For two years, developers were buying up land and modest homes in one of Chandler’s oldest neighborhoods. Now, they’re joining forces with the city’s most powerful political forces to transform the area into a conference center showcase that could cost taxpayers as much as $35 million.
Although several sites are being considered for the 30,000- to 55,000-square-foot center, most city leaders want it downtown.
Chandler will have to scrape up as much as $35 million and look at raising taxes if it wants a new conference center, a consultant told the City Council last week.
While the idea has strong support among business groups that stand to profit from a potential deal, the city has done little to reach out to those who would be affected the most by construction of a conference center — those living in the nearby neighborhoods.
City Manager Mark Pentz said officials haven’t spoken with residents who would be affected.
Although this was the second time the issue of building a conference center has come before the council, Pentz said it was too early to begin conversations with neighborhoods.
“No, they have not been asked to weigh in yet,” he said. Pentz added that the project is an opportunity for the city to make money on the conference center business that would otherwise go to neighboring communities.
Still, the prospect of shaking down taxpayers for extra cash right now has other city leaders shaking their heads in frustration.
“I don’t think some on this council get it,” said Councilman Jeff Weninger. “Sure, we’re in better shape than other cities right now, but we won’t be for long if we invest in projects like this.”
He appears to be the minority voice on the council at this point as his counterparts believe a conference center — especially one downtown — would be an economic boon for the city.
Other plans for the area include luxury apartments and more retail businesses to cap off the transformation of this one-time dusty downtown that was nearly dead.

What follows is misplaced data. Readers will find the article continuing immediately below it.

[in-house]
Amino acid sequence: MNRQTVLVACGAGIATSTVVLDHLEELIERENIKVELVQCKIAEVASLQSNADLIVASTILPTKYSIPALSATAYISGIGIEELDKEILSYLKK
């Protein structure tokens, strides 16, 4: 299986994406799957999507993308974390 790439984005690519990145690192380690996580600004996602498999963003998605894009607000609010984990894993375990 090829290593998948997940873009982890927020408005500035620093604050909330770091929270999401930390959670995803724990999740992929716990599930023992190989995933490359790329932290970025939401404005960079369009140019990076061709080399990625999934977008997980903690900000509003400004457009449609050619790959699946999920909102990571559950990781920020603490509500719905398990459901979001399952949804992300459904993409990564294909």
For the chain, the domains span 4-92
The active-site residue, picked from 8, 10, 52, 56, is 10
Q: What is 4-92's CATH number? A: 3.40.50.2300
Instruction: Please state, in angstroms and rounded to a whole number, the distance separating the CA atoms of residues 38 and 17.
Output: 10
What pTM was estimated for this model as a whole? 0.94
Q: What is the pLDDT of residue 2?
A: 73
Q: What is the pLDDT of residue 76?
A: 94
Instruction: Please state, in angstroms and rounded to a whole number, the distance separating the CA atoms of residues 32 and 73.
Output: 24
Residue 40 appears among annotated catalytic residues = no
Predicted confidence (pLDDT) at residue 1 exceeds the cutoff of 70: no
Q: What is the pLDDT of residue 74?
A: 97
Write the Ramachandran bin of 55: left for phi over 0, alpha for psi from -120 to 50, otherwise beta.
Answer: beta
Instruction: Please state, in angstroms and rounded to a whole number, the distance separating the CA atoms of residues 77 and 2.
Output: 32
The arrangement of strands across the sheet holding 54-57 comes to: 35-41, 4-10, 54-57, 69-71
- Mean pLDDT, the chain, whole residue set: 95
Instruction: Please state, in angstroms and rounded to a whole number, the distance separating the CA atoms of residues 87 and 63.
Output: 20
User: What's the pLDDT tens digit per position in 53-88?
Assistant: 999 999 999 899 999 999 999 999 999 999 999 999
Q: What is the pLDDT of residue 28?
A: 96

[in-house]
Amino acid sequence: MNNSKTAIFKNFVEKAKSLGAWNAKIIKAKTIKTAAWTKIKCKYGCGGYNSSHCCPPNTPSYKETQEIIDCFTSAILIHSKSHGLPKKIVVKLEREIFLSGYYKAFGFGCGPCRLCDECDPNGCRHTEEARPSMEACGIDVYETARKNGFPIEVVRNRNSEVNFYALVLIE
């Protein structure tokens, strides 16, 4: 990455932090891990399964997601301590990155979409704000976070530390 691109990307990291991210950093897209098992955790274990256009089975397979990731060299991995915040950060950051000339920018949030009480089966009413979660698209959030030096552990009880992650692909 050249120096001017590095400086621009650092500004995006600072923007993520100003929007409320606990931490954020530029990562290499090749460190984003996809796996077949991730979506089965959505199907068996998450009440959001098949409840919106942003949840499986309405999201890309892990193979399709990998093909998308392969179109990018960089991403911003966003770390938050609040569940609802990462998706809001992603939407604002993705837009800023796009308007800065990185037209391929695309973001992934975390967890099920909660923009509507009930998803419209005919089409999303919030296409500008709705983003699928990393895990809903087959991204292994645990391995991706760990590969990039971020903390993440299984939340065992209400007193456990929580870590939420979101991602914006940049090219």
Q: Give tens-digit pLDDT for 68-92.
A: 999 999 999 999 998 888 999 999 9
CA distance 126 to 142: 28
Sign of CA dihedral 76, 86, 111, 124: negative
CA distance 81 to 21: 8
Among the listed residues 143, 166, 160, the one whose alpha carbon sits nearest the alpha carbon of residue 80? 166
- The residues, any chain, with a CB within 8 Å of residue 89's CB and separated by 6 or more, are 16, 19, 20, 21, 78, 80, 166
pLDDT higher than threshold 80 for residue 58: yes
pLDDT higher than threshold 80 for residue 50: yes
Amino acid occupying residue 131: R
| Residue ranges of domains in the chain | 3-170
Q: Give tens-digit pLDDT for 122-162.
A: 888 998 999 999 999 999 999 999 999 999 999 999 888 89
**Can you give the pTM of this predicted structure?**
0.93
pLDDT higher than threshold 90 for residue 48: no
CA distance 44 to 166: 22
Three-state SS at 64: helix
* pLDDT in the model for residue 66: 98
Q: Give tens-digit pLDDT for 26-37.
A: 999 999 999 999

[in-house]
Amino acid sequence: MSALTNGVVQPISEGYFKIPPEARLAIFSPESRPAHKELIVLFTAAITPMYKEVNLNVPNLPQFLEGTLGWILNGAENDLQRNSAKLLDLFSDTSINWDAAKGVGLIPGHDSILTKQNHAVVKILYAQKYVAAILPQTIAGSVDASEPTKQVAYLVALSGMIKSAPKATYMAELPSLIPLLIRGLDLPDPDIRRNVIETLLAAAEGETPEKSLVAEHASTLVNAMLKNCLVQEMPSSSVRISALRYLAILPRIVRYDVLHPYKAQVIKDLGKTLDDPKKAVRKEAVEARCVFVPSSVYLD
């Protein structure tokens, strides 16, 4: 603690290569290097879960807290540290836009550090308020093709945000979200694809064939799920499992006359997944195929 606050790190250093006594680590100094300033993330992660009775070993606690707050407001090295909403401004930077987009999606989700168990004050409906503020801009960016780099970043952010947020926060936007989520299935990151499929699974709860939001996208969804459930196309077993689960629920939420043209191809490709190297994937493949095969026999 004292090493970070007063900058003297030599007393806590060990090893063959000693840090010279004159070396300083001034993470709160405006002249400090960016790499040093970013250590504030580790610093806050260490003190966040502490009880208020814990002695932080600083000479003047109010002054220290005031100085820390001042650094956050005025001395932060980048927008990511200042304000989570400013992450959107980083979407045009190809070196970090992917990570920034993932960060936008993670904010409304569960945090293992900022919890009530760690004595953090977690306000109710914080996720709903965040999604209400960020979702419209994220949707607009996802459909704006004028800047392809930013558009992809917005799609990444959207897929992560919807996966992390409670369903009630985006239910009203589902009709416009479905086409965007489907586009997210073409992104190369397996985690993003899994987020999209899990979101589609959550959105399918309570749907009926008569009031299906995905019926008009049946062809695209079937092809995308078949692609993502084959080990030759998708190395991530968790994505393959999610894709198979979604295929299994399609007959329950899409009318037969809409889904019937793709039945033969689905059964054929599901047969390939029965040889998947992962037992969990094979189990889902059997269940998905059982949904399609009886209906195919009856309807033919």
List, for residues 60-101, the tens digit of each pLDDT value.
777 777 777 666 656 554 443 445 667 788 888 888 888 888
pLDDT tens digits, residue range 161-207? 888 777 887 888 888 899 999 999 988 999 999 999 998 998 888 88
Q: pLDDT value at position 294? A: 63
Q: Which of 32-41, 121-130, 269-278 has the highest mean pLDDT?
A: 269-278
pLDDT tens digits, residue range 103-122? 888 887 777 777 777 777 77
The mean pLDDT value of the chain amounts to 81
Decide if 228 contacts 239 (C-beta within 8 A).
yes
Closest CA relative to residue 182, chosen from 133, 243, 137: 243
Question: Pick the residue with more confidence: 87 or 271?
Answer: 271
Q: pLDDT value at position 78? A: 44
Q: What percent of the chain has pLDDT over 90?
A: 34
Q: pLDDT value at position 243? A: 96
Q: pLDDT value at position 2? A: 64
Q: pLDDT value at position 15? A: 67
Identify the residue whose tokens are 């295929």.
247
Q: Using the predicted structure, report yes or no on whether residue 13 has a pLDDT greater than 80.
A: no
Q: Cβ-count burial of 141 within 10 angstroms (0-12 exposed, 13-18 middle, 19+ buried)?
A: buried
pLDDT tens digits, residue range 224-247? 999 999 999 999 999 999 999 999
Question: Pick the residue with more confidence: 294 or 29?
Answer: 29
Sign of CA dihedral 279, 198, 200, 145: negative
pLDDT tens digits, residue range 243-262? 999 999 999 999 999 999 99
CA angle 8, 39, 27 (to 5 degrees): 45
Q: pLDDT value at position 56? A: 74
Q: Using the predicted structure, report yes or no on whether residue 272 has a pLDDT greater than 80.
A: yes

Besides the initial $35 million investment by the city, consultants with Minneapolis-based Convention Sports and Leisure International told the council that Chandler would have to continue handing out hundreds of thousands of dollars in annual subsidies, depending on the type of deal that’s made.
To cover the costs, the consultants gave the council a list of taxes that could be raised. That list includes boosting the city’s hotel and food and beverage taxes. However, that wouldn’t be enough, and they also suggested that raising the city’s more lucrative sales taxes would fully pay for the center.
Mayor Boyd Dunn, who supports building a conference center downtown, was adamant about not raising taxes. But he said the total amount of money the city will have to throw in is still up in the air.
“These numbers don’t mean anything until you know what the private sector is going to do,” he said. Dunn wants the city to partner with a private company to get a deal accomplished.
Right now, it’s still in the initial planning stages, but the push for a place to host weddings, corporate workshops and other events downtown is starting to gather momentum among city leaders.
Most on the council have said they want the center to help anchor redevelopment efforts in one of the oldest parts of this one-time farming community.
They believe it could attract groups from across the country to come to Chandler and spend their money here.
Besides elected officials, various business groups and organizations have drafted letters supporting construction of a center. Those letters were given to council members for consideration.
The organizations include the Chandler Chamber of Commerce, the Downtown Chandler Community Partnership, Hilton Hotels and developer Westcor. All stand to profit from a conference center depending on where it’s built.
Westcor and Hilton, which have vested interests in the areas on and around Chandler Fashion Center, are pushing for the center to be built there. However, the other two organizations want it downtown where many of their members own businesses or land.
“Having a Conference Center in the Downtown would be a point of civic pride and a powerful economic generator for the entire city,” stated a letter from the Downtown Chandler Community Partnership.
Niels Kreipke, a developer, is a member of that organization who also has been buying up land on the potential construction site for the past two years.
Kreipke, who owns the development company Desert Viking, has been involved in numerous downtown redevelopment projects.
He said he needs his neighbor, the historic San Marcos Hotel, to help out and build more rooms to accommodate a new facility. Without the hotel’s commitment, he said there’s little chance there will be a conference center downtown.